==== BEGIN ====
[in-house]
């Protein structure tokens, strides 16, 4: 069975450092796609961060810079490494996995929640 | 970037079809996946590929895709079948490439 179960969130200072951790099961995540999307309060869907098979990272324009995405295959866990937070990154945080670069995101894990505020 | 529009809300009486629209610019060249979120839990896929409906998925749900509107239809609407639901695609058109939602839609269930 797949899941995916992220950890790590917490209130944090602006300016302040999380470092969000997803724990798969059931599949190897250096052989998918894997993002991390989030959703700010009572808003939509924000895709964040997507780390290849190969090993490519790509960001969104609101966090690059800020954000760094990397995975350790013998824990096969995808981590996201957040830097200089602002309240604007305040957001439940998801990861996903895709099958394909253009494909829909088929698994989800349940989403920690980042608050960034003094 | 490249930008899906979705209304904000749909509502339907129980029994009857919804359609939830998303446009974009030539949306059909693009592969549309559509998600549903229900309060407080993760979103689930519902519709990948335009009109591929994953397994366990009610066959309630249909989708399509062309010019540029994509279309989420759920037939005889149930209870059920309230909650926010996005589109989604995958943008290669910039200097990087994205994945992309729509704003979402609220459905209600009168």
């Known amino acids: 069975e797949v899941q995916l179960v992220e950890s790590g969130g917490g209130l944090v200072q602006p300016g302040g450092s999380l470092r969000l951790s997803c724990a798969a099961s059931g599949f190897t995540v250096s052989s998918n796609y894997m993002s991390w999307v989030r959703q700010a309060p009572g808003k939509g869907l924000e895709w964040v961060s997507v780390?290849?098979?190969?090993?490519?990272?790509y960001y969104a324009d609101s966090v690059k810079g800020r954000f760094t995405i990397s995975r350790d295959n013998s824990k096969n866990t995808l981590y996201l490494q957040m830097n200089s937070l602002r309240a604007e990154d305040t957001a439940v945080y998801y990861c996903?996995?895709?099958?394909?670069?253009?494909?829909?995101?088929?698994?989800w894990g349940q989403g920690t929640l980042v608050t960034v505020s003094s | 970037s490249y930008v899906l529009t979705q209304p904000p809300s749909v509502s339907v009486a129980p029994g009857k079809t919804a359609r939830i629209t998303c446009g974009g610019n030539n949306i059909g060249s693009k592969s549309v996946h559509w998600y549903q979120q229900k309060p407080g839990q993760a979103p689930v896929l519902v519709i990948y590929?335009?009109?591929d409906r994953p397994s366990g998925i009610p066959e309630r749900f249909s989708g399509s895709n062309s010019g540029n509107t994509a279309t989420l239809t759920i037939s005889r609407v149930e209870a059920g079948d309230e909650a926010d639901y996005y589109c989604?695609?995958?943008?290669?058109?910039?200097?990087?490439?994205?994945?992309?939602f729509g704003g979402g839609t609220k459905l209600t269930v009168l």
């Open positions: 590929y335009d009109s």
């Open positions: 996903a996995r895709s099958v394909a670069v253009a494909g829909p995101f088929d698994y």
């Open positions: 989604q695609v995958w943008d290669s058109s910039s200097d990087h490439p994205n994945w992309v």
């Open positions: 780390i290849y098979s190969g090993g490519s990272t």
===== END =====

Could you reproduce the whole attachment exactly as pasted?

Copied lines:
[in-house]
């Protein structure tokens, strides 16, 4: 069975450092796609961060810079490494996995929640 | 970037079809996946590929895709079948490439 179960969130200072951790099961995540999307309060869907098979990272324009995405295959866990937070990154945080670069995101894990505020 | 529009809300009486629209610019060249979120839990896929409906998925749900509107239809609407639901695609058109939602839609269930 797949899941995916992220950890790590917490209130944090602006300016302040999380470092969000997803724990798969059931599949190897250096052989998918894997993002991390989030959703700010009572808003939509924000895709964040997507780390290849190969090993490519790509960001969104609101966090690059800020954000760094990397995975350790013998824990096969995808981590996201957040830097200089602002309240604007305040957001439940998801990861996903895709099958394909253009494909829909088929698994989800349940989403920690980042608050960034003094 | 490249930008899906979705209304904000749909509502339907129980029994009857919804359609939830998303446009974009030539949306059909693009592969549309559509998600549903229900309060407080993760979103689930519902519709990948335009009109591929994953397994366990009610066959309630249909989708399509062309010019540029994509279309989420759920037939005889149930209870059920309230909650926010996005589109989604995958943008290669910039200097990087994205994945992309729509704003979402609220459905209600009168």
């Known amino acids: 069975e797949v899941q995916l179960v992220e950890s790590g969130g917490g209130l944090v200072q602006p300016g302040g450092s999380l470092r969000l951790s997803c724990a798969a099961s059931g599949f190897t995540v250096s052989s998918n796609y894997m993002s991390w999307v989030r959703q700010a309060p009572g808003k939509g869907l924000e895709w964040v961060s997507v780390?290849?098979?190969?090993?490519?990272?790509y960001y969104a324009d609101s966090v690059k810079g800020r954000f760094t995405i990397s995975r350790d295959n013998s824990k096969n866990t995808l981590y996201l490494q957040m830097n200089s937070l602002r309240a604007e990154d305040t957001a439940v945080y998801y990861c996903?996995?895709?099958?394909?670069?253009?494909?829909?995101?088929?698994?989800w894990g349940q989403g920690t929640l980042v608050t960034v505020s003094s | 970037s490249y930008v899906l529009t979705q209304p904000p809300s749909v509502s339907v009486a129980p029994g009857k079809t919804a359609r939830i629209t998303c446009g974009g610019n030539n949306i059909g060249s693009k592969s549309v996946h559509w998600y549903q979120q229900k309060p407080g839990q993760a979103p689930v896929l519902v519709i990948y590929?335009?009109?591929d409906r994953p397994s366990g998925i009610p066959e309630r749900f249909s989708g399509s895709n062309s010019g540029n509107t994509a279309t989420l239809t759920i037939s005889r609407v149930e209870a059920g079948d309230e909650a926010d639901y996005y589109c989604?695609?995958?943008?290669?058109?910039?200097?990087?490439?994205?994945?992309?939602f729509g704003g979402g839609t609220k459905l209600t269930v009168l």
């Open positions: 590929y335009d009109s």
């Open positions: 996903a996995r895709s099958v394909a670069v253009a494909g829909p995101f088929d698994y």
């Open positions: 989604q695609v995958w943008d290669s058109s910039s200097d990087h490439p994205n994945w992309v």
């Open positions: 780390i290849y098979s190969g090993g490519s990272t």